Dental Tourism: Worth the Hype or Dangerous?

We are bombarded by it aren’t we? Every time I open my phone or laptop and look at social media; there is another influencer or someone I know showing off their shiny new teeth from Turkey on Instagram or Tiktok. The phrase ‘Turkey Teeth’ is commonplace and it isn’t unusual to have a patient in my clinic say to me ‘I was thinking about going to Turkey to have them done.’ And it sounds like a great deal, doesn’t it? A bright white straight smile of your dreams, at a good price and a sunny holiday added into the bargain; what’s not to like? But with everything in life, surely there’s a catch? What is the hidden cost? And actually, is it something dangerous?

One report1 suggest that the Global Dental Tourism market is growing fast and going to be worth $5.83billion by 2025. Anecdotally, Turkey appears to be the most common destination for Brits to seek dental work, however packages appear to be offered in countries such as Romania, Poland, Spain &; Ukraine or even as far as India and Thailand to name but a few.

The main attraction to heading abroad for treatment seems to be cost; where it appears that cosmetic treatments can be offered at a significantly lower price than the UK. There is also the holiday aspect; most of these clinics offer packages including flights and accommodation in the deal. It has also been glamorised by numerous social media influencers taking the opportunity and advertising it through their channels.

It is important to note that these influencers may have been paid or had their treatment for free in order to advertise that particular clinic and may not be a paying regular customer.
One story that starts to highlight the dangers of going abroad is from one of my own patients.

This particular patient is a social media influencer &; has been on reality television and I had treated her for many years. One day, she attended my clinic for a check-up and showed me her twenty new ‘360o veneers’ that she was given for free as long as she advertised the clinic on her Instagram feed, documenting the whole experience and tagging them in the selfies taken afterwards. I was shocked as I had never heard of 360o veneers. Was I a terrible dentist for not knowing this treatment? Was this something cutting edge and modern and I was behind the times?

Upon examining her mouth, I was even more shocked. These ‘360o veneers’ were, in fact, full coverage crowns. This sort of treatment in the UK is reserved for severely broken down or root canal treated teeth; where it is clearly indicated to protect the tooth. This lady’s teeth were perfectly sound before having these crowns placed. Where crowns are placed on healthy teeth it requires a lot (and I mean a lot!) of tooth structure to be shaved off. You may have seen the photographs of Katie Price’s teeth after they were prepared for crowns on a dental holiday – something out of nightmares! Once this is done it is irreversible as the removed tooth cannot be brought back and also puts the nerve in the middle of the tooth under severe strain; with one in five requiring root canal treatment and one in ten requiring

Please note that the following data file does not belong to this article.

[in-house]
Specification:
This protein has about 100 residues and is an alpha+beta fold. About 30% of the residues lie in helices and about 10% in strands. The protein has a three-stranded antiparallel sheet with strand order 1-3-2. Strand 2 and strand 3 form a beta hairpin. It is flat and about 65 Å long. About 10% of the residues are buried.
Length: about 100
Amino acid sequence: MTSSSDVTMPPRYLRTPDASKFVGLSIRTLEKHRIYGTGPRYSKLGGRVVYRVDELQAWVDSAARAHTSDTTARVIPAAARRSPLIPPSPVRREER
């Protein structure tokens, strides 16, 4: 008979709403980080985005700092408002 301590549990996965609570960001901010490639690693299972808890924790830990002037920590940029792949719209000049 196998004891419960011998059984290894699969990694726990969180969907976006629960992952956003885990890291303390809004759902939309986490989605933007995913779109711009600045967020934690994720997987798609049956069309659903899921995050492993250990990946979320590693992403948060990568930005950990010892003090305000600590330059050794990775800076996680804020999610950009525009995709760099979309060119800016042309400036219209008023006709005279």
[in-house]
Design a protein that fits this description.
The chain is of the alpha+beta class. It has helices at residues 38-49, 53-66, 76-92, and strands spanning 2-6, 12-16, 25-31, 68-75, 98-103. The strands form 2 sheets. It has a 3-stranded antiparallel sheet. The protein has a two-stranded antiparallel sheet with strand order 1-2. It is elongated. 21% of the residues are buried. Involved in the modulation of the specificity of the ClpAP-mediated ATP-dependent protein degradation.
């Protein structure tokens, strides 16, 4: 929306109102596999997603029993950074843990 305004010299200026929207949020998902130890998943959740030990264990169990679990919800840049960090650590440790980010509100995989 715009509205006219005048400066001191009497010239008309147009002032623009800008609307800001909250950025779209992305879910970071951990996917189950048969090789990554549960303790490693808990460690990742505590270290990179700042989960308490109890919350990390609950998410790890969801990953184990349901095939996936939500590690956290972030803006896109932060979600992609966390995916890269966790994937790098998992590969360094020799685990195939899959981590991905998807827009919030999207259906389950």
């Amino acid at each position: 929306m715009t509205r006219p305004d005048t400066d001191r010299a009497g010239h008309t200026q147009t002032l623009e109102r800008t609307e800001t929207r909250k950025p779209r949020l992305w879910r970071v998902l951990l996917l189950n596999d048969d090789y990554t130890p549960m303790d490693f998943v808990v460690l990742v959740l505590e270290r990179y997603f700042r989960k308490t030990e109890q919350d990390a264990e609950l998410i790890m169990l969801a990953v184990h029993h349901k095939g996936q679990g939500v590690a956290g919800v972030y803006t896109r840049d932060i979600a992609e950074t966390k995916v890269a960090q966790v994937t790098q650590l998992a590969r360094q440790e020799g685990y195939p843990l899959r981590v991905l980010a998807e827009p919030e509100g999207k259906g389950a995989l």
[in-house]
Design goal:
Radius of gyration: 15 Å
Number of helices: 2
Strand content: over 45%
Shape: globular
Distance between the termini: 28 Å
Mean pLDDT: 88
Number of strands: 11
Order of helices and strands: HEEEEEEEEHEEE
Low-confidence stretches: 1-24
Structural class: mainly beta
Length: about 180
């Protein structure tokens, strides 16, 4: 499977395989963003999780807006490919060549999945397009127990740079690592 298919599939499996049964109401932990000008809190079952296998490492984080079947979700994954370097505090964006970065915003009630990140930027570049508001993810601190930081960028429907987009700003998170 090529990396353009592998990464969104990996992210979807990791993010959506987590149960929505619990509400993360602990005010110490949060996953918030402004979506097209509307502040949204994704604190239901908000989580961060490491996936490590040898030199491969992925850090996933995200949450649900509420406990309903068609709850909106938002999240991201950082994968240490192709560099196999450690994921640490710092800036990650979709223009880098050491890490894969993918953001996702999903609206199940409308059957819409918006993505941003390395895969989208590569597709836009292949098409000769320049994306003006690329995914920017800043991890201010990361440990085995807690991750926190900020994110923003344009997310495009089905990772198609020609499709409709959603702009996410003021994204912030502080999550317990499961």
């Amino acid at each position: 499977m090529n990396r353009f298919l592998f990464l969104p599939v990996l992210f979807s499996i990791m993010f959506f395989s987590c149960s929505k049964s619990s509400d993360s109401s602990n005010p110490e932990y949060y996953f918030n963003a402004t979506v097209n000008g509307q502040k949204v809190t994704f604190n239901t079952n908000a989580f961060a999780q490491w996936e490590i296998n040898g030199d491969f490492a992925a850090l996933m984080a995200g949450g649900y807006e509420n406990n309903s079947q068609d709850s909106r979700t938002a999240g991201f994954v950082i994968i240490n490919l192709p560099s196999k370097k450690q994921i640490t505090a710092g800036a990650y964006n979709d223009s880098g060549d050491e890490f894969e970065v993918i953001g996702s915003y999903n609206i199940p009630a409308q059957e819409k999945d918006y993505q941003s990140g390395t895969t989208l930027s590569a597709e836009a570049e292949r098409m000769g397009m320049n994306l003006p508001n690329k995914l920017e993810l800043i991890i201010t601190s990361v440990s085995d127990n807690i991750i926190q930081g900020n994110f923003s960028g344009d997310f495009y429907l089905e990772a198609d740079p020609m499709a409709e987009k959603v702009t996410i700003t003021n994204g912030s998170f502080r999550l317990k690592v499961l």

1 https://www.globenewswire.com/news-release/2019/04/11/1802782/0/en/Dental-Tourism-Market-to-Grow-a t-12-CAGR-to-Hit-5-83-billion-by-2025-Adroit-Market-Research.html

extraction after 10 years2. I could not believe a clinician would choose to be so destructive when far less invasive options are available.

Unfortunately a few months later, one of her teeth did require root canal treatment as the nerve had died off leaving her with a very painful infection. As the work had been done in Turkey this patient had to seek treatment from that clinic first however upon telling them about what had happened they blocked her on all channels leaving her with nowhere to go. Luckily in this case I was able to help her but that wouldn’t always happen.

What this story highlights is that when heading abroad for treatment the quality of care cannot be guaranteed and there can be little to no aftercare. In the UK, for both NHS and Private care the regulations are extremely stringent and the quality of dental education and treatment generally is very high. Dentists are held accountable for their actions to their regulatory body and high levels of infection control and cleanliness must be upheld at all times by the dentist and assisting dental team. When you leave the UK for treatment this may not always be the case.

Now I am not saying that there will not be great care when heading abroad for treatment or that clinics will not have their own high standards; but it is a lottery and unfortunately I have seen so many young people have their teeth shaved to stumps for absolutely no reason other than cosmetics.

My advice to anyone seeking cosmetic dentistry in the UK or elsewhere is: do your homework. Research the clinic, the dentist, check out reviews, research the type of treatment proposed, don’t necessarily accept the first or cheapest option and check that you will be looked after even once treatment is finished. Make sure you trust the individuals and team treating you. At the end of the day, it is your mouth and you don’t want to end up in a worse situation; in pain or worse losing teeth. My philosophy when it comes to cosmetic dentistry is to be as minimally invasive as possible and not put a drill to a tooth unless absolutely necessary and preserving the health of teeth for the rest of your life which is ultimately the most important thing whilst making them look as fabulous as possible.

2 https://epublications.marquette.edu/cgi/viewcontent.cgi?article=1524&context=theses_open